Yesterday I was enjoying the events of the Sound Symposium and I found myself sharing small talk with Mack Furlong and one of the multi-talented Panting brothers.  Mack was concerned that the impending storm might dampen scheduled events.  The three of us agreed that at worse, hopefully, it would just turn out to be an "adventure" –one of those unpleasant episodes in life that if it doesn't kill you at least gives you one helluva story to tell.  I said that was how I felt about the night I spent being held at gunpoint in Turkey.  Both gentlemen looked at my inquisitively so I explained.

Back in the seventies I spent six weeks tramping through Turkey with several friends that others would have described as "hippies".  It was winter, Christmas in fact, so we decided to journey to the spot where according to Bible scholars the Virgin Mary was brought by St. John after the Crucifixion.  Here she reportedly ascended to heaven and a shrine was built there, which is attended by Franciscan monks.  So, off we go to midnight mass not knowing that the place was also safeguarded by the Turkish military.  They had mandatory military service for two years for the population and they used the troops for all kinds of "security".

After the mass and a couple of glasses of brandy and Christmas goodies supplied by the monks we tried to leave the site which is located in mountainous country.  "Wild dogs and bandits will get you" we were informed by inebriated soldiers.  A confrontation soon ensued…men and women were separated and I found myself in a tiny room heated by a coal burning stove.  The problem was the stove was leaking very black smoke into the room.

I thought, "great, I can choose between asphyxiation  and being shot".  My "sisters" were busy huddling in a corner crying.  I bang on the door and shout in every language I knew.  I violently rattled the doorknob.  I could hear men arguing on the other side of the door.  Adrenalin building inside me I start kicking the door.  It gives way.  Unbeknownst to me, on the other side there was a soldier sitting on the floor with a long gun across his lap.  When the door gave way I had clipped him in the head with the doorknob.  He jumps up and pushes the gun in my face.  I still have a vivid recollection of his dark curly hair and white undershirt as he wove unsteadily in front of me.  And at that point I hear my then husband (#1) say, "I told you she was trouble."  All I could think was, "will I see tomorrow?"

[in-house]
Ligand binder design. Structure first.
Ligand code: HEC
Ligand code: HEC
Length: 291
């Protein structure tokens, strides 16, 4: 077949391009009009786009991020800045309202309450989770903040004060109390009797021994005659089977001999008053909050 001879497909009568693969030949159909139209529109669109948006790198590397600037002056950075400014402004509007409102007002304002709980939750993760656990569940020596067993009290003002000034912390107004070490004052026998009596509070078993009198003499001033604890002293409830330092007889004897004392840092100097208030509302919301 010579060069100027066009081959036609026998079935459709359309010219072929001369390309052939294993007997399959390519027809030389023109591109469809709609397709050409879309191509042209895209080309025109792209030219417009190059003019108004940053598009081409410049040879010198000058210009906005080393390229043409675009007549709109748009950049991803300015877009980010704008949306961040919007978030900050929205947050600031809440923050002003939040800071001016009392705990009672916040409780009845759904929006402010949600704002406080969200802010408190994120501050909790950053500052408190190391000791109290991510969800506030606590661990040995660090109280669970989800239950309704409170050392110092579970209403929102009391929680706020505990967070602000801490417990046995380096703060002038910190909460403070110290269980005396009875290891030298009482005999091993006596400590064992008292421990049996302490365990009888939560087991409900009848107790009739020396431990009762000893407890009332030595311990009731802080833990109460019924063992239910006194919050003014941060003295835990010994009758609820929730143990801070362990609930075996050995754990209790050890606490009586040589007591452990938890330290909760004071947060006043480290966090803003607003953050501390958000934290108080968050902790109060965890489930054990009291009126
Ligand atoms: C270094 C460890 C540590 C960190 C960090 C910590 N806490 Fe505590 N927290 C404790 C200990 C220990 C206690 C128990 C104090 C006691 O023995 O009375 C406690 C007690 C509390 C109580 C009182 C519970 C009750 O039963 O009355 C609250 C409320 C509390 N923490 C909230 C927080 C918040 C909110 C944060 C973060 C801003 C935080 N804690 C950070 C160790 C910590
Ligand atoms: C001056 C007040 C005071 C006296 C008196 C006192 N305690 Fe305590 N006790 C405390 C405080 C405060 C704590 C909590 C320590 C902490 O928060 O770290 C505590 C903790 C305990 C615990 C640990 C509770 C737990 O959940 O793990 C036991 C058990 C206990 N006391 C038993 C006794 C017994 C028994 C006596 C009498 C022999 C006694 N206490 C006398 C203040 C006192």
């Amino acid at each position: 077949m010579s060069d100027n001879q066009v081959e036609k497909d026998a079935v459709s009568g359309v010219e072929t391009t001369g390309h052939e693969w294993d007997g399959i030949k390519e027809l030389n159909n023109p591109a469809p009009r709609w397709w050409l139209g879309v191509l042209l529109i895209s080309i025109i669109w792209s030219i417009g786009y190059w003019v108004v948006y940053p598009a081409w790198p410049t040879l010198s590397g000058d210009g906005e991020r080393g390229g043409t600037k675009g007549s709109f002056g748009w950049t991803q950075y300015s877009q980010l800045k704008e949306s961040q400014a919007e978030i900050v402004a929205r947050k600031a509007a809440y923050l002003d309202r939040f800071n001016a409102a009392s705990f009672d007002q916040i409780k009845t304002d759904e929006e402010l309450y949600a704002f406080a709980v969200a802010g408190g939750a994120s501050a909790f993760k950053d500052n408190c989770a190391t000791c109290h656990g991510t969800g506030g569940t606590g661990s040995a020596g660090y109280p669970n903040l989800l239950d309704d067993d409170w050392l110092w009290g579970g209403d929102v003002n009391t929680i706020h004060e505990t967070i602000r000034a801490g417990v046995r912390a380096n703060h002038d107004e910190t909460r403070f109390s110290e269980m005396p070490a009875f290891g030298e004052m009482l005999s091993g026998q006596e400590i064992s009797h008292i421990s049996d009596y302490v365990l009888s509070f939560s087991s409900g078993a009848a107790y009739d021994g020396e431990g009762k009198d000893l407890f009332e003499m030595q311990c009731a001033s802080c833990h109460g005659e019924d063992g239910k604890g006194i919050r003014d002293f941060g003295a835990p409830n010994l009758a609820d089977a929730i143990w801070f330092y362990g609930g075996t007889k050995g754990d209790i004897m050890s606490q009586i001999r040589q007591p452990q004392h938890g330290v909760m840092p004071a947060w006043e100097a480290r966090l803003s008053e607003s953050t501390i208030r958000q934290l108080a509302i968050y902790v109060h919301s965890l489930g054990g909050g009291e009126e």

Clearly, we did make it to our van…after everybody had sobered up, the emotional landscape had changed.  The crazy thing is, in retrospect, I am glad this happened to me.  I can feel this way because I had the luxury of surviving.  Maybe it made me a stronger person.  Later on that month I was nearly kidnapped in a bus station even though I was covered with a head scarf and ankle length coat.  Being blonde and blue eyed made me a target.  I got away after breaking my attacker's front teeth with my elbow.  After that, I went to Switzerland and my husband to Palestine.